At this stage in the evolution of downtown, city leaders recognize the need for the city to become a partner in the growth of new businesses, both large and small.  Now is the time to encourage business growth with over 750 new student residents moving downtown in August, and over 1,000 overnight guests daily coming to our new Sheraton and new light rail connecting downtown to other parts of the Valley.  The City is committed to streamlining and deregulating the development process for adaptive re-use and new in-fill development in our city’s core without compromising public safety.  Mayor Gordon and City Council are in strong support of this pilot program and will review the task force recommendations in the fall.

National Trust officials tour Valley for possible 2012 conference

Kathy Adams and Lori Feinman of the National Trust for Historic Preservation flew into town last week to view Phoenix’s convention facilities; tour selected historic sites and neighborhoods in Phoenix, Scottsdale, and Tempe; and visit with area preservation advocates to determine Phoenix’s ability to host the 2012 National Preservation Conference.  Meeting them at Sky Harbor was Sally Forrest, National Accounts Director for the Greater Phoenix Convention & Visitors Bureau.

Phoenix Councilman Michael Nowakowski welcomes National Trust representatives Lori Feinman and Kathy Adams. (Photo: Midtown Messenger)

The three lunched at the Hotel Valley Ho, one of the National Trust’s Historic Hotels of America, and then drove to downtown Phoenix to tour the Phoenix Convention Center, the Hyatt Regency and Wyndham hotels (two of the host hotels), and Orpheum Theatre. Barbara Stocklin, City of Phoenix Historic Preservation Officer, and Jim McPherson, Arizona Advisor to the National Trust, joined them for dinner at the Rose & Crown Pub in Heritage Square Park (a large outdoor venue that could serve as the opening reception for the 2,500-plus attendees of the 2012 conference).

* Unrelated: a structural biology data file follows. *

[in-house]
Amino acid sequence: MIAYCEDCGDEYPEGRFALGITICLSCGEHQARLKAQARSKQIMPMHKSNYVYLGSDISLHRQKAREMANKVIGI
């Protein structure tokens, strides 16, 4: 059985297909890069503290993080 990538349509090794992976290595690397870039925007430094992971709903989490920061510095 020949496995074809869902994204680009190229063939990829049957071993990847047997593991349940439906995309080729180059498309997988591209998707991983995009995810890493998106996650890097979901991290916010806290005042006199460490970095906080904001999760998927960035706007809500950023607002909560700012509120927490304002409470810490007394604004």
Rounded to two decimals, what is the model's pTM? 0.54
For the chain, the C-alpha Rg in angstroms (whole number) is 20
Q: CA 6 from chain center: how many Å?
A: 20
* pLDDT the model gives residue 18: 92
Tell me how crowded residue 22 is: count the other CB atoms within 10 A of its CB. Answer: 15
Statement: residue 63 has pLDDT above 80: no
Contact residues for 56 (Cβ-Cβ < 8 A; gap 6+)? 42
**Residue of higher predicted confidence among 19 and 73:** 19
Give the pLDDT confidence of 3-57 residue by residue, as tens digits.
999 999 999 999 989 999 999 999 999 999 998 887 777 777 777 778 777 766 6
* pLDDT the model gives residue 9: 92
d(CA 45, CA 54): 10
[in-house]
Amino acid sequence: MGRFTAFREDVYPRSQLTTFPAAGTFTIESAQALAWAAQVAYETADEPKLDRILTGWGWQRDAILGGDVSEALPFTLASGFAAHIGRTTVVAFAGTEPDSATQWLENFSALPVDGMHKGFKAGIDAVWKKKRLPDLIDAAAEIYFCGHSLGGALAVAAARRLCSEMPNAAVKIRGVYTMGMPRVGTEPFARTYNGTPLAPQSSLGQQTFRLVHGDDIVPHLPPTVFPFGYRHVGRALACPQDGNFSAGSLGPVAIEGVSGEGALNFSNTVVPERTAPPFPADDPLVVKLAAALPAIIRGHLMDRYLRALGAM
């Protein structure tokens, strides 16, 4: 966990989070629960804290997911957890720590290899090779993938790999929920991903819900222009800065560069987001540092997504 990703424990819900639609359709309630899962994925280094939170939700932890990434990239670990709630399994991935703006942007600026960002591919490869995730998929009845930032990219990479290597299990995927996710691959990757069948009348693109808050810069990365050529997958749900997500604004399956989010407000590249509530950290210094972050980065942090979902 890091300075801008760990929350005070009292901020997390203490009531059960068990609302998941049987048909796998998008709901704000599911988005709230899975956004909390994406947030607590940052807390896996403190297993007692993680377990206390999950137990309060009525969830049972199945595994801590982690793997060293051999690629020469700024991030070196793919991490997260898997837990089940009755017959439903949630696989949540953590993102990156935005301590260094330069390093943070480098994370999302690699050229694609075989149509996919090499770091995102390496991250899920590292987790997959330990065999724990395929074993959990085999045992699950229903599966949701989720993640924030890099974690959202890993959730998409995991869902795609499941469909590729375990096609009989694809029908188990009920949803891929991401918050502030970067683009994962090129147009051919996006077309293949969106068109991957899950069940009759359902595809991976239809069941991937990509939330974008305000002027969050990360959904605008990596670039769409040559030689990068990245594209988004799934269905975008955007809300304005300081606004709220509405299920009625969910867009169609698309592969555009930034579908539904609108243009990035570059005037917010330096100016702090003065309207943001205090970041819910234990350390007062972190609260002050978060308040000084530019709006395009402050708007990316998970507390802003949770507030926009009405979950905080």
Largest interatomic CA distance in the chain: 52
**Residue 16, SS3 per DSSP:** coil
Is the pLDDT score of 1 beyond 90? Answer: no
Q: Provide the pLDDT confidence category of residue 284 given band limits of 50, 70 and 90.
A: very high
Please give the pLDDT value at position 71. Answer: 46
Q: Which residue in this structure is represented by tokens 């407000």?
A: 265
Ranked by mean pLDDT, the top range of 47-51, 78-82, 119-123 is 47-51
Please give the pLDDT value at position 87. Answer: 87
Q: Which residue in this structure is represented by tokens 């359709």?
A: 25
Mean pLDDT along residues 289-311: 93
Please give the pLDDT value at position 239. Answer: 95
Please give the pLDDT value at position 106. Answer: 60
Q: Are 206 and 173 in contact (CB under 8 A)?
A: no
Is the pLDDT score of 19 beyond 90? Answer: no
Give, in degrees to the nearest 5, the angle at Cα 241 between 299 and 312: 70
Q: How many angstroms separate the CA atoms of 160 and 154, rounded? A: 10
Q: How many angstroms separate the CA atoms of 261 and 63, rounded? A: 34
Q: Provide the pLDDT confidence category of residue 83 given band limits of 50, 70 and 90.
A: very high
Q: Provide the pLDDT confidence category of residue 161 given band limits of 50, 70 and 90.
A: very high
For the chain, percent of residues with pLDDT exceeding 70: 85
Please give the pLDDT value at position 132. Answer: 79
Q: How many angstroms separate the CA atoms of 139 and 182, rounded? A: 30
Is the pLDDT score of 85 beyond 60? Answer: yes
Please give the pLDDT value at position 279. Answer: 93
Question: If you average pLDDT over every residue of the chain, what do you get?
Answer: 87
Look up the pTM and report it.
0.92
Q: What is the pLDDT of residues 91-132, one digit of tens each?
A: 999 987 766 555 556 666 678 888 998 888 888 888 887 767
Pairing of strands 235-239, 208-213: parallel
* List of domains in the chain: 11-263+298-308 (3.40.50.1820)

Phoenix's historic Ellis Shackelford House was decked out in the colors of Arizona's state flag. (Photo: Midtown Messenger)

On Tuesday, Adams and Feinman started off the day by visiting the historic San Carlos Hotel and breakfast at Palette in the Roosevelt Historic District.  Then it was a “timed-to-the minute” whirlwind van tour of First Presbyterian Church, Security Building (and ASU’s PURL overlooking the city), Monroe School (Children’s Museum of Phoenix), Phoenix Union High School Buildings (University of Arizona College of Medicine), Steele Indian School Park, Heard Museum, and several midtown residential historic districts.

State Historic Preservation Officer Jim Garrison and Modern Phoenix Founder Alison King joined the group for lunch and tour of the Arizona Biltmore Resort and Spa.  Then it was off to drive by the Wrigley Mansion, and visit the Desert Botanical Garden, Gammage Auditorium, Pueblo Grande National Historic Landmark, and St. Mary’s Basilica.  Special guests “popped in” throughout the day to say hello, provide their perspective on preservation, and tout Phoenix as a conference site: Attorney General Terry Goddard (Palette), State Senator Debbie McCune Davis (UA College of Medicine), City of Phoenix Council Member Greg Stanton (Children’s Museum), attorney Grady Gammage (Gammage Auditorium), former Phoenix mayor John Driggs, and Arizona 2012 Centennial director Karen Churchard.

Dan Klocke (Downtown Phoenix Partnership), Charles Fortenberry (Southwest Association of Buffalo Soldiers), John Jacquemart (Arizona Historic Sites Review Committee), and G.G. George (Encanto Citizens Association). (Photo: Midtown Messenger)

Topping off the visit was a reception at the Ellis Shackelford House in downtown Phoenix.  Over 60 preservation advocates from all over the Valley (and Sierra Vista!), city officials, and downtown business group leaders attended.  A balloon arch, special signage, decorations, and flowers in the colors of Arizona’s state flag welcomed our guests from the National Trust.  City of Phoenix Council Member Michael Nowakowski, Garrison, Stocklin, Feinman, and McPherson said a few words, and the rest of the evening was spent enjoying each other’s company and dining on wonderful hors d’oeuvres from Catered by St. Joseph’s.  Gift bags courtesy of the State Historic Preservation Office and City of Phoenix were presented to Adams and Feinman, and each attendee received a small gift as well.

Visit the mayor over coffee, May 10

Mayor Phil Gordon invites downtown residents and those interested in downtown Phoenix to join him at his quarterly Community Coffee on Saturday, May 10, 2008 from 8:30 a.m. until 9:30 a.m. at Palette, 606 North Fourth Avenue, at the corner of Fourth Avenue and Fillmore.  The Mayor’s guest, Phil Richards, Chair of the Phoenix Parks and Preserves Board and Initiative campaign, will provide information about the Initiative, also known as Proposition A, which is on the May 20, 2008 ballot.  Following will be Q&A and a “meet and greet” with Mayor Gordon.  Click here for more information.